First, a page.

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On the End of the World

August 24, 2017

‘Perhaps all the dragons of our lives are princesses who are only waiting to see us once beautiful and brave.’

- Rainer Maria Rilke, Letters to a Young Poet #8



The sky went dark on Monday afternoon; the moon ate up the sun. For two minutes and forty seconds, the world came to an end.


The word eclipse comes from the ancient Greek ekleipsis, which means ‘abandonment.’ Before 585 B.C., man did not know why or how it happened. To this disruption of order, of his life, of all that he knew and trusted, he made up explanations, meaning in stories that began with: once upon a time.


Once upon a time, the Greeks thought, this was a sign the Gods were angry. Once upon a time, countered the Chinese, a celestial dragon was hungry. The Vikings thought it was a pair of sky wolves. The Koreans, fire dogs. Or toads, or just the mouth of heaven that opened and engulfed the sun.


Christians tell of a total eclipse on the day Jesus was crucified. Muslims, of one on the day Mohammad’s son, Ibrahim, died. Hindus believe in a vindictive demon, Rahu, constantly chasing, swallowing the sun. The Batammaliba, that it and the moon are feuding, and will only stop if we do.


We now know that the moon in our orbit came between us and the sun. It was dark but it passed; it will happen again. Nothing to be afraid of.


Not the end of the world, just the end of a world; worlds end around us every day. There is a world that ends every time a fairy tale and Santa Claus stop being real. A world ends every time a pet dies or a stuffed animal is put in a box. Later, when a loved one leaves or simply stops loving us. Some worlds end with rejection letters, lottery tickets that do not win, others more subtly, in the silence of waiting rooms and phones that do not ring.


When verdicts and policies are unfair, and words and actions are hateful, when knives and vans are rammed into crowds on random summer days. We were taught to wish upon stars, but eclipses are very dark. Worlds end with disappointment, disillusion, that dusky feeling of abandonment.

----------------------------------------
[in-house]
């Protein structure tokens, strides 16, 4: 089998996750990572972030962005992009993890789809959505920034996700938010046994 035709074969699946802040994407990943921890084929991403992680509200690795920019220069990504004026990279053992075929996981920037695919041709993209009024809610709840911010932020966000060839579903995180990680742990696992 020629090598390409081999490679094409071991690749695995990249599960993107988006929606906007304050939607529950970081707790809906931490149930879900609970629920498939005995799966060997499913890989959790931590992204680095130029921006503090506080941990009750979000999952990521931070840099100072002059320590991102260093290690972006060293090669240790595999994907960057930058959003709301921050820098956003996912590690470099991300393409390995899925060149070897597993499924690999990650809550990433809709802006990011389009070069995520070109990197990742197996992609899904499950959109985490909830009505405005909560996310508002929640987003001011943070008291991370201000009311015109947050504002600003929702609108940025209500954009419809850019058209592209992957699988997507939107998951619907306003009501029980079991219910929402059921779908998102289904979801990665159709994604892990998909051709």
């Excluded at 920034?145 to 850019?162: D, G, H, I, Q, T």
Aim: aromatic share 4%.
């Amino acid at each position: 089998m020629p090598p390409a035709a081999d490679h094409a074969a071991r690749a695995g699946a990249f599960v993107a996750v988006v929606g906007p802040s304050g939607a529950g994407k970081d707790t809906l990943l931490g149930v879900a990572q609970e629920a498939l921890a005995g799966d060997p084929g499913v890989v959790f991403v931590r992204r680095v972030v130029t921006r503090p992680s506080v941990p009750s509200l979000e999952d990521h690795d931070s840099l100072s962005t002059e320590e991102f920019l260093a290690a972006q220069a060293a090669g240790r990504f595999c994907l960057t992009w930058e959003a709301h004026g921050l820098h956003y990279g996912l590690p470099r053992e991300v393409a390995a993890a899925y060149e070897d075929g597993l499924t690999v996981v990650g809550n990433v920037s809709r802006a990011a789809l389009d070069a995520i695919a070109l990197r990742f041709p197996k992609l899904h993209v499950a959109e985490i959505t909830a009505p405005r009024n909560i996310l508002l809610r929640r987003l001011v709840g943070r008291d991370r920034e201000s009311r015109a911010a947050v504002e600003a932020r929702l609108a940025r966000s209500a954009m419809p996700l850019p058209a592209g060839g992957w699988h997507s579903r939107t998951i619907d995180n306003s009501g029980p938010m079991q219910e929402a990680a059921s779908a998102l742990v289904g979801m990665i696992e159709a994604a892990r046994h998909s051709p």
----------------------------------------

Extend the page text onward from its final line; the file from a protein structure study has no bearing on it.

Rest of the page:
And yet,


Once upon a time, tens of millions of people looked at the sky, at the same moment of the same day from one coast of a continent to the other. Whether they saw dragons, dogs, wolves, demons, or the science was irrelevant, as were age, race, gender, the past, and the cards they had been dealt. For two minutes and forty seconds they watched their separate worlds end, all of them trusting that the sun would come back and it would be light again.


It did, and it was beautiful. A 360 degree sunset. More beautiful still were the smiles and gasps that sprung across the continent.


'We have no reason to mistrust our world, for it is not against us. Has it terrors, they are our terrors; has it abysses, those abysses belong to us;'


We were never promised order, predictability, happy endings to our once upon a times. We were given paths and chances and the choice to take them or not. We are free. To have dreams and work hard for them, or not. To try and try again, or not. Free to seek out new adventures, risk pain. Free to stay safe and indoors. There is no right or wrong life. There is my life, and yours. And while we may all be in the gutter,[1] to look up is a choice.


‘And if only we arrange our life according to that principle which counsels us that we must always hold to the difficult, then that which now still seems to us the most alien will become what we most trust and find most faithful.’


Eclipses will happen and worlds will end, but we are not prisoners or alone. The sun will still be there and we will find new stories with happy endings to tell. And over these stories and time and lives, people will still come outside, pull out their foldable chairs, hold hands, look at the sky. I believe that is called hope.





[1] Oscar Wilde, Lady Windermere’s Fan

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